Loyal British reader Lorraine Gradwell responded to a recent post here (Heart Disease Within “The Comfort of Denial“) by revealing that its post-heart attack emotional roller coaster message had resonated with her. Like many other women, this 58-year old Manchester mother of two felt frightened and confused after surviving what doctors call a “widow maker” heart attack last fall. And like many other women, her cardiac symptoms (crushing fatigue, light-headedness along with chest, neck, arm and shoulder symptoms) had been initially misdiagnosed as panic attacks.
“I had my heart attacks early last October; I didn’t know what was happening and this left me frightened that I could have more. I began a creative writing course the same week and wrote this poem.”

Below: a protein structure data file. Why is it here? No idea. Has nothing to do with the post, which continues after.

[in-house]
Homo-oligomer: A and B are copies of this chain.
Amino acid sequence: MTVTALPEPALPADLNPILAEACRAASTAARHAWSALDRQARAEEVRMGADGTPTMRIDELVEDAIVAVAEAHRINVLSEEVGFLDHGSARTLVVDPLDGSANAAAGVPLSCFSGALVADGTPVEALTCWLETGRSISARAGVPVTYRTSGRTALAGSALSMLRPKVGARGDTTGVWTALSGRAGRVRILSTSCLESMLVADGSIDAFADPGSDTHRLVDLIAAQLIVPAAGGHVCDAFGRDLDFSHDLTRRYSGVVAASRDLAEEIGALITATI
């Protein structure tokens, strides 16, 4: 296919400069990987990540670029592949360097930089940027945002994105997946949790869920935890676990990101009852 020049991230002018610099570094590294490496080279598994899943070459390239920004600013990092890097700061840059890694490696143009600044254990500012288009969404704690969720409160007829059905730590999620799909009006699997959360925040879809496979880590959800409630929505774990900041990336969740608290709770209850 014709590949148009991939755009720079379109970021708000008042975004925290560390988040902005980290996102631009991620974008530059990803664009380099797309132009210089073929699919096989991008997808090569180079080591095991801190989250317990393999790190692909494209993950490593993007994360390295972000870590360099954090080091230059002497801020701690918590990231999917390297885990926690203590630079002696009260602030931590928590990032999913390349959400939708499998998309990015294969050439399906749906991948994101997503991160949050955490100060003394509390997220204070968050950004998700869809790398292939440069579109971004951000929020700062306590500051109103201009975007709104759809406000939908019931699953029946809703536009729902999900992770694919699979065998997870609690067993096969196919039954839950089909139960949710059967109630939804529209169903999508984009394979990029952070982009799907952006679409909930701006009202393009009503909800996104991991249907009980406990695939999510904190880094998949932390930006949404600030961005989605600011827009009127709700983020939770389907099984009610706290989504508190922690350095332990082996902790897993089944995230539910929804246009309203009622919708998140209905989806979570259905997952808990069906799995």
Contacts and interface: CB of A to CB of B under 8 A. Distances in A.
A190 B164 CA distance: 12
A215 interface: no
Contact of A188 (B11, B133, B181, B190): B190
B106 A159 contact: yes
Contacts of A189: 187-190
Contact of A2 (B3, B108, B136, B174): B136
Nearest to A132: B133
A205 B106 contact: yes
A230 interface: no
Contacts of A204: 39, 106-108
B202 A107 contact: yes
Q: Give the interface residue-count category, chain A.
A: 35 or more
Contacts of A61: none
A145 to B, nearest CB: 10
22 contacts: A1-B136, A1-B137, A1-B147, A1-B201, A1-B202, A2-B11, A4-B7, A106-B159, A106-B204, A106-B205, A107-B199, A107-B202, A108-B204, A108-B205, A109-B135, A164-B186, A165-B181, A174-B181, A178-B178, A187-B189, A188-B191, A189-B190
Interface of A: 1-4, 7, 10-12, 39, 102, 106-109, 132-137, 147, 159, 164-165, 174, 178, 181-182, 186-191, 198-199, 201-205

Unlike most of us, Lorraine is no stranger to life-altering health issues. She was diagnosed with polio as a little 3-year old, and has spent the past 30 years using a wheelchair. She’s also the Chief Executive at a not-for-profit agency advocating for disabled employees – a role for which she was awarded the prestigious Member of the British Empire medal two years ago. When I contacted Lorraine asking for permission to reprint her poem here, she got back to me immediately, adding:
“I was four days in the hospital and came home pretty scared that I’d have another heart attack. Your website was a lifeline for me in the early weeks (well, and still is!) giving me answers, sign-posting, and most importantly reassurance.”
Thank you, Lorraine – and here’s her heart attack-inspired poem:
What was that?
Listen to your heart. What does it say
When it jumps and flutters and thumps?
What does it mean? Is it bad? Or okay?
Which is it?
Familiar sounds, some fast, some slow,
Each clunk and whoosh and beat.
But now: I think I didn’t know.
Or did I?
Silent damage, death by stealth
An unfelt pain revealed
No hint, no clue about poor health,
Or was there?
My heart attack, my brush with fate –
I’ll know it again they say.
Stripped of disguise, no doubt – but Wait!
Was that another? Was it?
© 2011 Lorraine Gradwell